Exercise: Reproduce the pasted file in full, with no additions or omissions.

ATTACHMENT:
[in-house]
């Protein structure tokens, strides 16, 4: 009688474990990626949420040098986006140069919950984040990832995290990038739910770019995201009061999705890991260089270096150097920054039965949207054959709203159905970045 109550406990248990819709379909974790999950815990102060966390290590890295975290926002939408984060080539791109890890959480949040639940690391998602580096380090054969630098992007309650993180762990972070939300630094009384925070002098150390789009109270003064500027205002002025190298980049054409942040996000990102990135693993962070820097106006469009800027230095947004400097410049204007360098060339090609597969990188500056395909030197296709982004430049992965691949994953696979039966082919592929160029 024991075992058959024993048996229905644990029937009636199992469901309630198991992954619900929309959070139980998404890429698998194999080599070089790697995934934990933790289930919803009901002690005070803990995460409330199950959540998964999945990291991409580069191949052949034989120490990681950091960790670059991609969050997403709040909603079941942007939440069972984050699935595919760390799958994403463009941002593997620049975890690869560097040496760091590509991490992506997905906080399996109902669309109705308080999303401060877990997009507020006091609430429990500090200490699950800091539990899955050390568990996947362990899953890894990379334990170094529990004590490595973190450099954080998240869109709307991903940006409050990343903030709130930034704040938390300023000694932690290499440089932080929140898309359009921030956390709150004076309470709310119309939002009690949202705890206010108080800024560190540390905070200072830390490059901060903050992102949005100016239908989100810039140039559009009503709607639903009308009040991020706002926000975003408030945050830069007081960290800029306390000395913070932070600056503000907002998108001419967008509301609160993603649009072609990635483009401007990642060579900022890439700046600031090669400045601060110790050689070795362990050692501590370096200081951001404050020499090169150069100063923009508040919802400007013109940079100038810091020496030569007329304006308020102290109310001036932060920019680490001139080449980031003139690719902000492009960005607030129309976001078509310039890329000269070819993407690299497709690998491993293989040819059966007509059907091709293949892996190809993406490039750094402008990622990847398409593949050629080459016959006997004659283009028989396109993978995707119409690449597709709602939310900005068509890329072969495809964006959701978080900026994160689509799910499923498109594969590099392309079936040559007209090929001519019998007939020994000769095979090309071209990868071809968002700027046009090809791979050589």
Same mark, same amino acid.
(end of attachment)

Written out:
[in-house]
């Protein structure tokens, strides 16, 4: 009688474990990626949420040098986006140069919950984040990832995290990038739910770019995201009061999705890991260089270096150097920054039965949207054959709203159905970045 109550406990248990819709379909974790999950815990102060966390290590890295975290926002939408984060080539791109890890959480949040639940690391998602580096380090054969630098992007309650993180762990972070939300630094009384925070002098150390789009109270003064500027205002002025190298980049054409942040996000990102990135693993962070820097106006469009800027230095947004400097410049204007360098060339090609597969990188500056395909030197296709982004430049992965691949994953696979039966082919592929160029 024991075992058959024993048996229905644990029937009636199992469901309630198991992954619900929309959070139980998404890429698998194999080599070089790697995934934990933790289930919803009901002690005070803990995460409330199950959540998964999945990291991409580069191949052949034989120490990681950091960790670059991609969050997403709040909603079941942007939440069972984050699935595919760390799958994403463009941002593997620049975890690869560097040496760091590509991490992506997905906080399996109902669309109705308080999303401060877990997009507020006091609430429990500090200490699950800091539990899955050390568990996947362990899953890894990379334990170094529990004590490595973190450099954080998240869109709307991903940006409050990343903030709130930034704040938390300023000694932690290499440089932080929140898309359009921030956390709150004076309470709310119309939002009690949202705890206010108080800024560190540390905070200072830390490059901060903050992102949005100016239908989100810039140039559009009503709607639903009308009040991020706002926000975003408030945050830069007081960290800029306390000395913070932070600056503000907002998108001419967008509301609160993603649009072609990635483009401007990642060579900022890439700046600031090669400045601060110790050689070795362990050692501590370096200081951001404050020499090169150069100063923009508040919802400007013109940079100038810091020496030569007329304006308020102290109310001036932060920019680490001139080449980031003139690719902000492009960005607030129309976001078509310039890329000269070819993407690299497709690998491993293989040819059966007509059907091709293949892996190809993406490039750094402008990622990847398409593949050629080459016959006997004659283009028989396109993978995707119409690449597709709602939310900005068509890329072969495809964006959701978080900026994160689509799910499923498109594969590099392309079936040559007209090929001519019998007939020994000769095979090309071209990868071809968002700027046009090809791979050589």
Same mark, same amino acid.